Mohnish Pabrai

Mohnish Pabrai: Think Differently to Achieve Different Results

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I recently came across two videos with Mohnish Pabrai. Readers here know that Mohnish is one of my favorite investors to listen to. He is extremely generous with his time, and he has a genuinely interested attitude toward his audience. You can tell that he truly enjoys teaching others about his investment experiences. Pabrai has given numerous lectures over the past year, and I wrote a summary of one that I thought was particularly interesting here. In that post, I […]

General Thoughts

Thoughts on Ted Weschler’s Largest Holding and Excellent Long Term Results

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“I found that the entire fund industry worked a certain way, and that their results reflected the mediocre way in which they operated.” – Mohnish Pabrai, recalling an important discovery he made at the outset of his investment career I’ve mentioned before that I keep a list of investors who I’ve studied that have achieved long term returns (over a decade or preferably longer) of 20-30%+ annual returns. It’s a relatively small list, but it is larger than you might […]

Case Studies

An Exercise on Thinking Differently and a Great Business

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I came across an excellent presentation that I wanted to share because it sparked some thoughts. It is not about a current—or even prospective—investment, but one that exemplifies the art of thinking differently. I spend a fair amount of time reading annual reports about businesses that I have no intention of owning. Typically, these businesses are high quality companies that—although maybe too expensive to offer attractive investor returns—are great entities to study and learn about. Studying businesses that have a […]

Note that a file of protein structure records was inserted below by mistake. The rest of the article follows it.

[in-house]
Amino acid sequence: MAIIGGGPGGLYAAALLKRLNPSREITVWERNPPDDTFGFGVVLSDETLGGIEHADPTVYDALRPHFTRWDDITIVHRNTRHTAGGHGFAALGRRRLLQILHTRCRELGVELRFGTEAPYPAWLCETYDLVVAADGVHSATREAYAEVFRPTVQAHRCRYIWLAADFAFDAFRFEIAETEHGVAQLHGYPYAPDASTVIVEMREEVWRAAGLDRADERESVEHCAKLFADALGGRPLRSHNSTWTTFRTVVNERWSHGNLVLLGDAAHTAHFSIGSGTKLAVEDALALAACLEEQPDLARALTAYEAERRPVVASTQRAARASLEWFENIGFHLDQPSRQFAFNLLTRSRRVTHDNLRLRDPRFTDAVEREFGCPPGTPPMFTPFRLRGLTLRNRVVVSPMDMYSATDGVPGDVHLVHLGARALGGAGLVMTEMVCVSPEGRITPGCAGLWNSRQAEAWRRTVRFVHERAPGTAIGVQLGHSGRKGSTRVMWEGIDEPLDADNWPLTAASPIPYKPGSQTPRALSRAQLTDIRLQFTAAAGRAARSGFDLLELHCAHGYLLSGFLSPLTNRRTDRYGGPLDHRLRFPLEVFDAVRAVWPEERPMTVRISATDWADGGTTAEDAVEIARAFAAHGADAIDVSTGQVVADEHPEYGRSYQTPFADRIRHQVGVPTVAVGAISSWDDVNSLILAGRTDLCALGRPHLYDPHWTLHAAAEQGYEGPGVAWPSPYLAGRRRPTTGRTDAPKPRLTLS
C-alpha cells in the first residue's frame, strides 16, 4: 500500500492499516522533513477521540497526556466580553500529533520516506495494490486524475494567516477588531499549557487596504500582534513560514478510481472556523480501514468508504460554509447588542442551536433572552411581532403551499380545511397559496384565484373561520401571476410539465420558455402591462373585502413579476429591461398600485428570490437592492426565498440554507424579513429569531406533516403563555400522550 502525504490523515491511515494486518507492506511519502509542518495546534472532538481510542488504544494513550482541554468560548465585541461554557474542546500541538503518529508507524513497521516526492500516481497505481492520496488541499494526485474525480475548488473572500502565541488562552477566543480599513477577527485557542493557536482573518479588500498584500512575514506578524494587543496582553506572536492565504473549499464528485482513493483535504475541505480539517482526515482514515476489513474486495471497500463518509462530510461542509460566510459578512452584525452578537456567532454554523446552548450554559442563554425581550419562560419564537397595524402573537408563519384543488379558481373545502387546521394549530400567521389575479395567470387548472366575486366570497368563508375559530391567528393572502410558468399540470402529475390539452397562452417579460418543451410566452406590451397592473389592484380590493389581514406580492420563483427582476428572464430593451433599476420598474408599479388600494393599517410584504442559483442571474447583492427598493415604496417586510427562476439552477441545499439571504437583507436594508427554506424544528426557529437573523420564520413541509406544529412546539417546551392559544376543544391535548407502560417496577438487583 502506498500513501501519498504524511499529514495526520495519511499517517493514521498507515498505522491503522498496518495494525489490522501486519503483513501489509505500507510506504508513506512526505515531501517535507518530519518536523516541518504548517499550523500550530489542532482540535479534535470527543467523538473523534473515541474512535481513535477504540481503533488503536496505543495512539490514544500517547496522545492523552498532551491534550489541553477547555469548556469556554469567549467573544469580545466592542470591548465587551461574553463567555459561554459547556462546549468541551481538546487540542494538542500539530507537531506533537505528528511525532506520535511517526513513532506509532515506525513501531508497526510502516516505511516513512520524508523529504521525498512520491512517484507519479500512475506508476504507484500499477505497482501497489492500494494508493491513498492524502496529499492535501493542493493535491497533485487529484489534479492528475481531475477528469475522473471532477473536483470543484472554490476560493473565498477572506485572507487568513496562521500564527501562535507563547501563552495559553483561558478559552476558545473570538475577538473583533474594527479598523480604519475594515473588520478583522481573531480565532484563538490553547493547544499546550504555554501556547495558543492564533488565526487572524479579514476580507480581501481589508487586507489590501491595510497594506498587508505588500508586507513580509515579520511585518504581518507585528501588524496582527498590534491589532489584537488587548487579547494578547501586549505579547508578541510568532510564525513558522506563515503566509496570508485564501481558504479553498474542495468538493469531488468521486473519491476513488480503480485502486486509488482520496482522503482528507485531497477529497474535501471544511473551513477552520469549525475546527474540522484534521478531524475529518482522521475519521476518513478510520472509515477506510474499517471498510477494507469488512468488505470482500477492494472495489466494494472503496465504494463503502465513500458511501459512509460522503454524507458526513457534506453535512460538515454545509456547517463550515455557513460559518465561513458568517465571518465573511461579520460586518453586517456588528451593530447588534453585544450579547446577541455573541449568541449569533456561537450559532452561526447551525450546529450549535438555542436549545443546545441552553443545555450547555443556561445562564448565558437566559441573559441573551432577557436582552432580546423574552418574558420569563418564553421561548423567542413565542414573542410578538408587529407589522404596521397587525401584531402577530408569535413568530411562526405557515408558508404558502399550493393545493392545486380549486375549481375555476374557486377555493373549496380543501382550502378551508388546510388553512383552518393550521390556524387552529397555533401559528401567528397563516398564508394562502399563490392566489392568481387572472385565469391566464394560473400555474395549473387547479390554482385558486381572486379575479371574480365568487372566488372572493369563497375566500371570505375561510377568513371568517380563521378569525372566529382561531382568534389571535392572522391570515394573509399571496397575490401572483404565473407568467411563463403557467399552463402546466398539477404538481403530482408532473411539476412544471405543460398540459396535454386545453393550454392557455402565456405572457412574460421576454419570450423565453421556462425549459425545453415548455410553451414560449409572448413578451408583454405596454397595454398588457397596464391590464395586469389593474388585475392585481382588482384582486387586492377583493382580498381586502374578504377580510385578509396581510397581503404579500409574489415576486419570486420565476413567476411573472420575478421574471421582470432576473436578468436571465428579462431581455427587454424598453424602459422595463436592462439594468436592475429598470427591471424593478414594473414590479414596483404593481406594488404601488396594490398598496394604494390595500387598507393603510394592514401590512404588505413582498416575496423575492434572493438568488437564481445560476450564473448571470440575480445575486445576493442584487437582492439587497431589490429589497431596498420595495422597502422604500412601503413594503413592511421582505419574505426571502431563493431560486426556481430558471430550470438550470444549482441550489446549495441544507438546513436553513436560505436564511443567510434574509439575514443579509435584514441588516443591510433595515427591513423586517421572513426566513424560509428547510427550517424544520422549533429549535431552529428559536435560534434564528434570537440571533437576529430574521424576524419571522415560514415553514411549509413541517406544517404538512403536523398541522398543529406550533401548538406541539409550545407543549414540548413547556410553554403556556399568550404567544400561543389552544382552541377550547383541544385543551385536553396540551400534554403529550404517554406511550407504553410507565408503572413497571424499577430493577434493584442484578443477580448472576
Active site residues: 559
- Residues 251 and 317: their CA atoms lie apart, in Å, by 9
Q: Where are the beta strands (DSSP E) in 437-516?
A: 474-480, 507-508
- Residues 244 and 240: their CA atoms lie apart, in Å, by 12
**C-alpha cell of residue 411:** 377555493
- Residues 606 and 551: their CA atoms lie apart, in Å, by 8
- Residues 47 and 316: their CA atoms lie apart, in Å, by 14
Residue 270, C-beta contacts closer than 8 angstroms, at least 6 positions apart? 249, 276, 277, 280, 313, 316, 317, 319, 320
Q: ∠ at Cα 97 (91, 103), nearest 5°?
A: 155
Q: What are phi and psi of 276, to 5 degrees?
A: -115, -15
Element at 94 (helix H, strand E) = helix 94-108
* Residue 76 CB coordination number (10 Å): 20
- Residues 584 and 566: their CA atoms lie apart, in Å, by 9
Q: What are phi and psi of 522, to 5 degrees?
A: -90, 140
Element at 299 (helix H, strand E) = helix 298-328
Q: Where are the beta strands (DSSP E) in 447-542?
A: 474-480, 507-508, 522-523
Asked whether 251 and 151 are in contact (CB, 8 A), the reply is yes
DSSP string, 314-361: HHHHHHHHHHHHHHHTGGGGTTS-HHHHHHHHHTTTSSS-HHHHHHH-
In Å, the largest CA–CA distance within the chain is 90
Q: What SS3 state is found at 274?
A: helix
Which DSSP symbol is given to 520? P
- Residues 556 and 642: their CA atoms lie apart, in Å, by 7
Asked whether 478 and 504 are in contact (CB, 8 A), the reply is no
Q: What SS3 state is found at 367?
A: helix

General Thoughts

Thoughts on Value and Growth

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I wrote a few posts on “quality” recently, which has sparked a few emails, comments, and questions on the overall investment philosophy. I got to thinking about the interplay between quality and valuation, and thought of Buffett’s shareholder letter in the early 1990’s where he said “value and growth are joined at the hip”. Essentially, value is determined by what you return on your initial investment. This is fairly obvious, but I thought I’d point this out… This “investor return” […]

Case Studies

A Few Thoughts on Buffett and Great Banks

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I wrote a post about screening for quality bank stocks and another one here about Wells Fargo vs Cheap Community Banks and thought I’d post on some other comments I have here. Some of these thought might sound contradictory (everyone wants to separate stocks into categories based on quality/earnings and cheapness/assets). It’s not black and white, and all we’re really trying to do is figure out what something is worth and pay less for it. As Alice Schroeder has said, […]